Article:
I continue to feel that the house, given its intimacy to the human condition, constitutes a fertile site for examining the technological modification of architecture. As Bachelard, and in a different context Witold Rybczynski,[xii] have shown, the house plays a particularly important role in our lives. It is, however, a form of technology, and like all technology it changes rapidly. The house of the late twentieth century was very different from the house of the previous century and, looking at current trends, it is evident that the house of the twenty-first century will be considerably different from the house of the twentieth.

For my doctoral studies at _____ I intend to continue to pursue the subject of the technological augmentation of the house but with a method both more rigidly historical and more open to the influence of a broader and more contemporary set of theorists. My primary intention then is to produce a thorough case-study of the technologization of the home in Canada in the post-war period from 1945-1968. During this period there was a flurry of technological innovation in the house, in terms of stand-alone appliances, in terms of systems, and in terms of the literal re-imagining of the home according to technological-industrial metaphors. I will both show how broader economic, political, social and cultural phenomena were reflected in this and how the technology then became involved in perpetuating cultural and social patterns. Through a close study of available documentation I hope to provide a detailed sketch of the typical middle-class home during this time period both as lived and as imagined.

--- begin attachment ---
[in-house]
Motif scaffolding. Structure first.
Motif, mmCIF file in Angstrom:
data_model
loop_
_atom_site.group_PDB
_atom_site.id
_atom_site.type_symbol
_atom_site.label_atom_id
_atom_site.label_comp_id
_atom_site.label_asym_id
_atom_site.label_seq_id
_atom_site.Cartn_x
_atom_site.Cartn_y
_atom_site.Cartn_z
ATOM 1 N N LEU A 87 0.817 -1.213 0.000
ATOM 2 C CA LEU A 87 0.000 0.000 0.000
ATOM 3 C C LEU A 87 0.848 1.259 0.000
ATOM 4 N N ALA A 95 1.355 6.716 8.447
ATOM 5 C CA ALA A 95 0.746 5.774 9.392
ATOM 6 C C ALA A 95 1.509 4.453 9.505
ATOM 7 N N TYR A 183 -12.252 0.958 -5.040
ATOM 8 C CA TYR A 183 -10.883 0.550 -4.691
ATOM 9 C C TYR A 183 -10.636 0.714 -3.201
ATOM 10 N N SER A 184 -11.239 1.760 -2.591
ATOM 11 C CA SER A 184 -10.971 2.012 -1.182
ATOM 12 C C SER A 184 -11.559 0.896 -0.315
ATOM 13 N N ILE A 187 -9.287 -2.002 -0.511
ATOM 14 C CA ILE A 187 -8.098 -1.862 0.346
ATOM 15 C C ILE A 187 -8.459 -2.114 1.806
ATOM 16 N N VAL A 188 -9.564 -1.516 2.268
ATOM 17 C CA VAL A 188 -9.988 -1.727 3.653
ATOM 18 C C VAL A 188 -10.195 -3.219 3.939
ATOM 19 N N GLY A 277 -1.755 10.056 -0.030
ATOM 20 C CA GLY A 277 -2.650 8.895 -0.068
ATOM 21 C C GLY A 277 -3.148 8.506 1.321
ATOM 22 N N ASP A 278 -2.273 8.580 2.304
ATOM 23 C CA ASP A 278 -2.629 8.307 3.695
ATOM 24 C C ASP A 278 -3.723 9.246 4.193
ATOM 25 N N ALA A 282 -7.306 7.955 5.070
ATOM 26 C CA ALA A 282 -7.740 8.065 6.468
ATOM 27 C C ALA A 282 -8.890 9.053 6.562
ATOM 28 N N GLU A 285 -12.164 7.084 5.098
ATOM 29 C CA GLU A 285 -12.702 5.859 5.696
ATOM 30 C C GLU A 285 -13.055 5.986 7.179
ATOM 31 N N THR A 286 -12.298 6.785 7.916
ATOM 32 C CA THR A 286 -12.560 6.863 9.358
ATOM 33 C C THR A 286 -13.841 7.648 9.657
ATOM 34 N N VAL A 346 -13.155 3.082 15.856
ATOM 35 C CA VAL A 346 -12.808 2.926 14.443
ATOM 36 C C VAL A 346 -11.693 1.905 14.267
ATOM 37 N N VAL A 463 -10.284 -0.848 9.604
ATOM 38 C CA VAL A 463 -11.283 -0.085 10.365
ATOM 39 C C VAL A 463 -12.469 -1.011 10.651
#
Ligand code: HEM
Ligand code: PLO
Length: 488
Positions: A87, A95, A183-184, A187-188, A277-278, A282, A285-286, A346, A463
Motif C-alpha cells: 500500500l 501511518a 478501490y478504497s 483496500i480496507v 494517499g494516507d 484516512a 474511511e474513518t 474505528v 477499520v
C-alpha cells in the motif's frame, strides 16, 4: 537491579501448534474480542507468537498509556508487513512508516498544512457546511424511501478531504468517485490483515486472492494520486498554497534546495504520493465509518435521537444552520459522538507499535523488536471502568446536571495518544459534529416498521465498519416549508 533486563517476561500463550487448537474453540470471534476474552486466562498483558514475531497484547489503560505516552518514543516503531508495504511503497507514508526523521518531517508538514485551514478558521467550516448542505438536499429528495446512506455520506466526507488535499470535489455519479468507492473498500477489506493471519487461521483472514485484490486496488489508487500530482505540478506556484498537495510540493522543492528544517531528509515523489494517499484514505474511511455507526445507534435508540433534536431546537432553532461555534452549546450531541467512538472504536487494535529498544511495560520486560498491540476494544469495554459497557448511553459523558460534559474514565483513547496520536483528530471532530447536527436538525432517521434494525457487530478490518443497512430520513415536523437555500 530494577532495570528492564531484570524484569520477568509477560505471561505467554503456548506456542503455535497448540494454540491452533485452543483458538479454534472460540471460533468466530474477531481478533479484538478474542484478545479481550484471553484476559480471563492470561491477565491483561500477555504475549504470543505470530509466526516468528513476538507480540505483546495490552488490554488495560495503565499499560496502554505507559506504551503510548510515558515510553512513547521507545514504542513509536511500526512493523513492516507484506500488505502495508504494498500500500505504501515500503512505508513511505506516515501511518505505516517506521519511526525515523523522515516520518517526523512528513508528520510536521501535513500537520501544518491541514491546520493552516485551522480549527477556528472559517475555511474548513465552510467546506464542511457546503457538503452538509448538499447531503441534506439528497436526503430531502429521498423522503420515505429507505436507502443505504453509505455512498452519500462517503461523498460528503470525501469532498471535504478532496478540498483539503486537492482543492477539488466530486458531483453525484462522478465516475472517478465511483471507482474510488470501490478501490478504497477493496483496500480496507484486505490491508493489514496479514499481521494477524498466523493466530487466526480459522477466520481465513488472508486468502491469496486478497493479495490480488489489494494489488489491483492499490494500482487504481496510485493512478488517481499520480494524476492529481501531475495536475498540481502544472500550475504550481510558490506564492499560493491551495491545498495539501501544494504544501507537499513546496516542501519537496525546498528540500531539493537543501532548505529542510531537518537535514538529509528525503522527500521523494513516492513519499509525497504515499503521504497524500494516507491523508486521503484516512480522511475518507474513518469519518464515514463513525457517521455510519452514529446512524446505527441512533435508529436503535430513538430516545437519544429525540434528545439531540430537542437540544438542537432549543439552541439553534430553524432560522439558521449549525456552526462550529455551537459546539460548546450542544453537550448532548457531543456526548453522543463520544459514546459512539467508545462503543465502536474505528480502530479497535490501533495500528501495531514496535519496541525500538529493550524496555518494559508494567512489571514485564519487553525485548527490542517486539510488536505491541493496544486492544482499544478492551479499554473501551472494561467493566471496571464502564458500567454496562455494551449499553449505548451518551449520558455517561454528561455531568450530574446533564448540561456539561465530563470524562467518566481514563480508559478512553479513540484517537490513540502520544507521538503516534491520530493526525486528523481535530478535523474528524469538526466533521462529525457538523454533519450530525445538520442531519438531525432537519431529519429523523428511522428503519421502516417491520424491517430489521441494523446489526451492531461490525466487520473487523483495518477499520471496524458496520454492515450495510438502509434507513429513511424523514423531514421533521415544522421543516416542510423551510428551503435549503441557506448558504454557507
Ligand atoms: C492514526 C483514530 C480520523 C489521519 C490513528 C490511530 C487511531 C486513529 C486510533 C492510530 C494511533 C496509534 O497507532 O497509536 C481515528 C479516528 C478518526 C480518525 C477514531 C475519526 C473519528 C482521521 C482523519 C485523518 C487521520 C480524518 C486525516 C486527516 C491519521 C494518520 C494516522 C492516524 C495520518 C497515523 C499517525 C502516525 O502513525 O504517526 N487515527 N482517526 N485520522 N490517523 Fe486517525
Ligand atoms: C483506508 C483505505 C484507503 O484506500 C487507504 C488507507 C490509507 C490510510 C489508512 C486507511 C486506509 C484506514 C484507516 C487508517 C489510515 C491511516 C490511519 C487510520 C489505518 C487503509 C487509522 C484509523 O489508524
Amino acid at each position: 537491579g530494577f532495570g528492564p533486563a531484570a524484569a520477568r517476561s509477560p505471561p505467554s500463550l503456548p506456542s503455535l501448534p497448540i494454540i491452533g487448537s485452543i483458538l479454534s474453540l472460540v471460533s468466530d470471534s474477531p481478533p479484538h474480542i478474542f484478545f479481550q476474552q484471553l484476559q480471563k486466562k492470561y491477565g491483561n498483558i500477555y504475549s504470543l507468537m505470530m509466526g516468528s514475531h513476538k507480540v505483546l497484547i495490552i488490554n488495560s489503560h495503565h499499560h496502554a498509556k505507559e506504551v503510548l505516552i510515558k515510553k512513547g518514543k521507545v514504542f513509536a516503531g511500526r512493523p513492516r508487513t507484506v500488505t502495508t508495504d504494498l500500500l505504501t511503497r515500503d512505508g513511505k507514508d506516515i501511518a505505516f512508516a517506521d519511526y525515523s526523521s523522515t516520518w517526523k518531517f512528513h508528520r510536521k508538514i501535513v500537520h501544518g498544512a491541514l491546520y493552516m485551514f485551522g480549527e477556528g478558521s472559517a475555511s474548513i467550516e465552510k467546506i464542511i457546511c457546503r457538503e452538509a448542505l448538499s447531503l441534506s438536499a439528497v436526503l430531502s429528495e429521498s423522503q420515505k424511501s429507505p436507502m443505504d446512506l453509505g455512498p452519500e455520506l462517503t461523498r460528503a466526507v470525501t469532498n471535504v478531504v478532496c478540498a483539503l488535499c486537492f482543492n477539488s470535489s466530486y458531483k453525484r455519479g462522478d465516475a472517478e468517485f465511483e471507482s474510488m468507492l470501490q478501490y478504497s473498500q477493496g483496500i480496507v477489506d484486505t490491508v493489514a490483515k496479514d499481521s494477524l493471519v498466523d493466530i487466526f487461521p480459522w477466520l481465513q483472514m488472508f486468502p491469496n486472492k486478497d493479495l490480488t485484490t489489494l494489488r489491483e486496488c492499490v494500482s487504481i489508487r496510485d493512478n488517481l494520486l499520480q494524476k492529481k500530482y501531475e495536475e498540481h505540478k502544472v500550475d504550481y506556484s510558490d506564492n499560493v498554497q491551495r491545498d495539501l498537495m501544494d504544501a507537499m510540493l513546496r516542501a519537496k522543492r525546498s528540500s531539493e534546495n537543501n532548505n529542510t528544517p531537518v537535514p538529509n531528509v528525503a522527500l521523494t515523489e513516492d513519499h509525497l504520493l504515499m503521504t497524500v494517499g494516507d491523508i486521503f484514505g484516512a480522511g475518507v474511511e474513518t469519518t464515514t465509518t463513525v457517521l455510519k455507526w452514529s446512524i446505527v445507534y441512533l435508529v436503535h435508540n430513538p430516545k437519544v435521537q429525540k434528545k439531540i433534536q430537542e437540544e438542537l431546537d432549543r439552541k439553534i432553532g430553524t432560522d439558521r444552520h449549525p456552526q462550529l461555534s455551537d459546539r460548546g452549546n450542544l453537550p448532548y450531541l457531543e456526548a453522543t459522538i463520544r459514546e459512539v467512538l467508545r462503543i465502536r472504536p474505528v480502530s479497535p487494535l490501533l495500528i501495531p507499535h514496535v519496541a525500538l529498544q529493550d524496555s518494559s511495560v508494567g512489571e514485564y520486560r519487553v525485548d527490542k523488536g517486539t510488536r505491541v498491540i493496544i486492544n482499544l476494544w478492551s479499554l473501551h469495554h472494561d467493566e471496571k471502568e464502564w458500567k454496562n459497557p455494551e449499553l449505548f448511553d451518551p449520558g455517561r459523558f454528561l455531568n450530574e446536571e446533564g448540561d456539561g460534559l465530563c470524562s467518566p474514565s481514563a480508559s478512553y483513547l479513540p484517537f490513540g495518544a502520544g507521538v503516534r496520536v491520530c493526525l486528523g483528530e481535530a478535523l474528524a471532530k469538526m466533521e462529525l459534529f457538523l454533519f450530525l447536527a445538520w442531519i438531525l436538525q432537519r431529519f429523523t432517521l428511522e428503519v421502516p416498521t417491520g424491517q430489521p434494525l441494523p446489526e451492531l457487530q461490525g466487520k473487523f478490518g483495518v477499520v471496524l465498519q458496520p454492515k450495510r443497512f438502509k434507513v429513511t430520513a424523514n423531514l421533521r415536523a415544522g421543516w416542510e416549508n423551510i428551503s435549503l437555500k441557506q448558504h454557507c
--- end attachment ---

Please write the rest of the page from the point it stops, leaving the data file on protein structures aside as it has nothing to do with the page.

In this research I hope to provide a platform for a more general investigation of both the relation between technological development and cultural and social change and our personal engagement with technology. As technology (particularly telecommunications technology) increasingly mediates our perception of the world and our agency,[xiii] in a very real sense it becomes the architecture of our world, framing our lives, and canalizing our behaviour and thought. I hope to elucidate some of the details of how this occurs and how it concerns architects. Some questions for instance that are immediately of concern are: what occurs, phenomenologically and psychologically, when everyday objects become embedded with sensing and processing technology and become enabled to make decisions and take actions on their own? How do we experience the space of digital information? And how does this space supplement or augment physical space? These questions are all of vital importance both to academics and architects interested in the future of architecture, and questions to which I hope to find a basis for answering in my research.